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Wednesday, September 24, 2014 - 5:05am

A Decline In Population In Macon Leads To An Increase In Blight

From its founding on the banks of the Ocmulgee River, Macon was a growing city. By the 1970 census, the city boasted 122,423 people. Then Macon’s downward slide began.

One-quarter of the city’s population disappeared over the next four decades. Many explanations have been offered by demographers and other experts: Suburbanization. Integration. White flight. Better highways, making it easier to commute. Increased sewage service outside the city limits with smaller lots, so housing became cheaper.

Fewer residents meant more empty houses. Some of the vacated homes have been torn down. Others burned. But plenty of others remained empty by the latest census. Vacant houses were most common in the neighborhoods that lost the most population. Macon’s urban core was hit hard, while more suburban locations were mostly robust.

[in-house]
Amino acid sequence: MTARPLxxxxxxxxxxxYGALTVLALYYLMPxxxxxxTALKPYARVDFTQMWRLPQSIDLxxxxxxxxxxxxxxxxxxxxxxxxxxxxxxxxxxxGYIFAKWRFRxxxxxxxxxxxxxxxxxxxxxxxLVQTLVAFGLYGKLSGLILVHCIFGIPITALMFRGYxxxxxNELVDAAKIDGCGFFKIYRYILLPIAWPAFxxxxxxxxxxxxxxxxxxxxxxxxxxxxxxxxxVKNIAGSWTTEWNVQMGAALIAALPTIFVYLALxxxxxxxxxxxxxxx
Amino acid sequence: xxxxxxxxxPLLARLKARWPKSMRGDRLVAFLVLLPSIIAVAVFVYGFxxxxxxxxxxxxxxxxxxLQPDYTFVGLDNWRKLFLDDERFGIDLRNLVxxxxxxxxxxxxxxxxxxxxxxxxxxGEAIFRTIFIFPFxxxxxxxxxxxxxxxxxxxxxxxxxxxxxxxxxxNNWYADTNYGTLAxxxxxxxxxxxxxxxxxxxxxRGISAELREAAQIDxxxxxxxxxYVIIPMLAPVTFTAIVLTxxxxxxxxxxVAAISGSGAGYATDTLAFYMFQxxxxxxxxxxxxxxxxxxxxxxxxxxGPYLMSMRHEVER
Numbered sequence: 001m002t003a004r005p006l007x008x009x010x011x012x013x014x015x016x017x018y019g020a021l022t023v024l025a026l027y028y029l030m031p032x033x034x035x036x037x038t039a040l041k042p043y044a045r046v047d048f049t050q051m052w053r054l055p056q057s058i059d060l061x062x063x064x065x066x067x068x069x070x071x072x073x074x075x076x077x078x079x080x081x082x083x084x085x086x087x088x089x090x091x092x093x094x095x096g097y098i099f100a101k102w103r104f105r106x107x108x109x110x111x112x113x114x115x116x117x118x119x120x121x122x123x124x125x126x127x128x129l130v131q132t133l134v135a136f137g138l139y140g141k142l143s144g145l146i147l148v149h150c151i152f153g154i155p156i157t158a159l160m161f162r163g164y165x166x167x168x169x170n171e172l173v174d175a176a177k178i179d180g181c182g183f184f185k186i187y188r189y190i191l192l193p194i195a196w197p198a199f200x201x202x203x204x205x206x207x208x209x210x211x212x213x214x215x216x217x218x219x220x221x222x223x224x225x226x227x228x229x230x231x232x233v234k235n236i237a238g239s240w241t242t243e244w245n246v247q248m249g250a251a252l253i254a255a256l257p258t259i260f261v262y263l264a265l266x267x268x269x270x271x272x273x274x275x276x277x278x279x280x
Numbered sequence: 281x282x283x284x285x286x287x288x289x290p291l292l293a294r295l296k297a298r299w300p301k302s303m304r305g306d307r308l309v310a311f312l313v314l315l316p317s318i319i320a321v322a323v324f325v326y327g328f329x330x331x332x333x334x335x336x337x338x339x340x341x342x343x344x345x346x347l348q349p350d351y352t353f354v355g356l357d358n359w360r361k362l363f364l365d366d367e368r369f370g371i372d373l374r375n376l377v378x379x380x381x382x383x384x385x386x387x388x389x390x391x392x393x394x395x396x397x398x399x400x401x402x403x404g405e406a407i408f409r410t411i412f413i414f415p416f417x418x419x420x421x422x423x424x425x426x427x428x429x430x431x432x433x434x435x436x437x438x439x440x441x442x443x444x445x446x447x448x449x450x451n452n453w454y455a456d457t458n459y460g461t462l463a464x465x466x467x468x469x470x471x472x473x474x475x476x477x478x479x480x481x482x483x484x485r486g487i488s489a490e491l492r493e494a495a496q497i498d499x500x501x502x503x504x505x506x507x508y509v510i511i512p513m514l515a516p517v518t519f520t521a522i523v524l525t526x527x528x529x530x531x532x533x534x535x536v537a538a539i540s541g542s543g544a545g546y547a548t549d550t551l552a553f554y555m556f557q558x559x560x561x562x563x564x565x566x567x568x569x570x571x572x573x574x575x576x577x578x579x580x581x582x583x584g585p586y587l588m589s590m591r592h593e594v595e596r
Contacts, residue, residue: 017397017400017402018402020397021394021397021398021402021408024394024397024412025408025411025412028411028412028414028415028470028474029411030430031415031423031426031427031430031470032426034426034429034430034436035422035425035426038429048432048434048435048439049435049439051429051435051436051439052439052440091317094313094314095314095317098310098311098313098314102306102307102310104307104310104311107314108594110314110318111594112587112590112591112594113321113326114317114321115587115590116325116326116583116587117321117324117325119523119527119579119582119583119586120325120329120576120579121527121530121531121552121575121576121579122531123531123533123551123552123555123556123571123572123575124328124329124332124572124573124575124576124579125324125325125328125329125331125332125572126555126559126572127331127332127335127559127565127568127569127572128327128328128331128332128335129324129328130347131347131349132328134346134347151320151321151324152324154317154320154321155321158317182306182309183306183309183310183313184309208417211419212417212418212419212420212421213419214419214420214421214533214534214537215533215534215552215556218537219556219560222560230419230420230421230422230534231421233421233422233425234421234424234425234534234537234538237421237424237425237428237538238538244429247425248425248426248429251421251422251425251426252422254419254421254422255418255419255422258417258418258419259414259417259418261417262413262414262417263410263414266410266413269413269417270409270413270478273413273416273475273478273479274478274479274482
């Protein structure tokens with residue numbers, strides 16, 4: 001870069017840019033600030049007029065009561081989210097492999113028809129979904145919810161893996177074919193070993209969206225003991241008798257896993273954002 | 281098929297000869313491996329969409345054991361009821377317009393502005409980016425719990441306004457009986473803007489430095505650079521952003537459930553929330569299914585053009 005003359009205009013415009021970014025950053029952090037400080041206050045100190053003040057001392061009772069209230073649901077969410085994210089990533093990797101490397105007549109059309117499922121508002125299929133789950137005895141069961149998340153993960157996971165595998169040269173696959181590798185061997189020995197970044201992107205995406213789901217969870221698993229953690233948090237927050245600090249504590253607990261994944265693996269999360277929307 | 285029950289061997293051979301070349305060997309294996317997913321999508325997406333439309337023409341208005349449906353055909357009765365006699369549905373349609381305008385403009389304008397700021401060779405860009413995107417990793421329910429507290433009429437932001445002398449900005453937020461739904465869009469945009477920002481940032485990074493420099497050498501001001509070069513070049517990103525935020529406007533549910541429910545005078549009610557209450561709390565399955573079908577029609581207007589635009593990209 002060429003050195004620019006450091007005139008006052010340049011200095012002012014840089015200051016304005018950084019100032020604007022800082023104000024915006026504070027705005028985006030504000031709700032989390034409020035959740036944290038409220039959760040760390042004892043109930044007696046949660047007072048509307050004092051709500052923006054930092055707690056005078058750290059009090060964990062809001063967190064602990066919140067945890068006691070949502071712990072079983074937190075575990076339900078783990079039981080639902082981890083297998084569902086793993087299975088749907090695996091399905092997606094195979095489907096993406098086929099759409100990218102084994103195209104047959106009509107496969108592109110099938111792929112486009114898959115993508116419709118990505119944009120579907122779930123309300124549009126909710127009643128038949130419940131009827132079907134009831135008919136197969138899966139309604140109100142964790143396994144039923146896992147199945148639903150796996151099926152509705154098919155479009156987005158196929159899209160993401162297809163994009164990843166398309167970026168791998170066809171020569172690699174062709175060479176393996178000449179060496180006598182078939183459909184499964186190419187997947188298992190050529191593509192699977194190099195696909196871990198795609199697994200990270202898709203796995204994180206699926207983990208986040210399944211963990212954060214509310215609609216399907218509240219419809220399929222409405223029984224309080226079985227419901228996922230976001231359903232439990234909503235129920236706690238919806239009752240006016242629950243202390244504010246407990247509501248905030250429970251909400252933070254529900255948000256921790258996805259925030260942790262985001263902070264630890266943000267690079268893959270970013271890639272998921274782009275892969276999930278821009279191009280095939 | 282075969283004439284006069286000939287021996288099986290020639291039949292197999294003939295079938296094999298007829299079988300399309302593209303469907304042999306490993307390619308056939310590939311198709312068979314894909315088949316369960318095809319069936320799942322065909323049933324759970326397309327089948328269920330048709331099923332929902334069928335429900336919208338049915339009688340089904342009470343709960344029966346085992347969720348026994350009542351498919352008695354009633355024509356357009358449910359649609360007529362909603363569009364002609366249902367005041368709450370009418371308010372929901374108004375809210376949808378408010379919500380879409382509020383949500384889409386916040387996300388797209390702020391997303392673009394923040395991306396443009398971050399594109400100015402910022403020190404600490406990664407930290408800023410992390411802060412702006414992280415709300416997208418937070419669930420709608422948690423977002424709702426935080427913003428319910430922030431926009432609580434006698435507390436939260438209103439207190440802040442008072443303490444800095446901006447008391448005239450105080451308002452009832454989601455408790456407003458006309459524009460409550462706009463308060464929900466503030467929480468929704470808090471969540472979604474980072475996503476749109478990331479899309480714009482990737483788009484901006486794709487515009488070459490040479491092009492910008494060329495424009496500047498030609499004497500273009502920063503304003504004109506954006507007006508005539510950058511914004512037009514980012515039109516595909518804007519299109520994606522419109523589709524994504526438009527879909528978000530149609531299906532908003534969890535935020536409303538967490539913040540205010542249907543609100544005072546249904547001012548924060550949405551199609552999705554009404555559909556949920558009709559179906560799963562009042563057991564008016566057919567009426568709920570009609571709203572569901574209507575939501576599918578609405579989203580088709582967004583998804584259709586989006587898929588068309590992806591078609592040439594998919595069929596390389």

By 1980, Bibb County’s population was just barely above the combined population of the contiguous counties of Crawford, Jones, Houston, Monroe, Peach and Twiggs. By 2010, those surrounding counties cumulatively had about 89,000 more people than Bibb had. From 1970, Bibb County grew just 8 percent. The surrounding counties grew 110 percent, more than doubling their populations.

As Macon’s oldest neighborhoods declined, other parts of Bibb County boomed. The areas known as Lizella and north Macon roughly quintupled their populations between 1970 and 2010. South Bibb County more than doubled.

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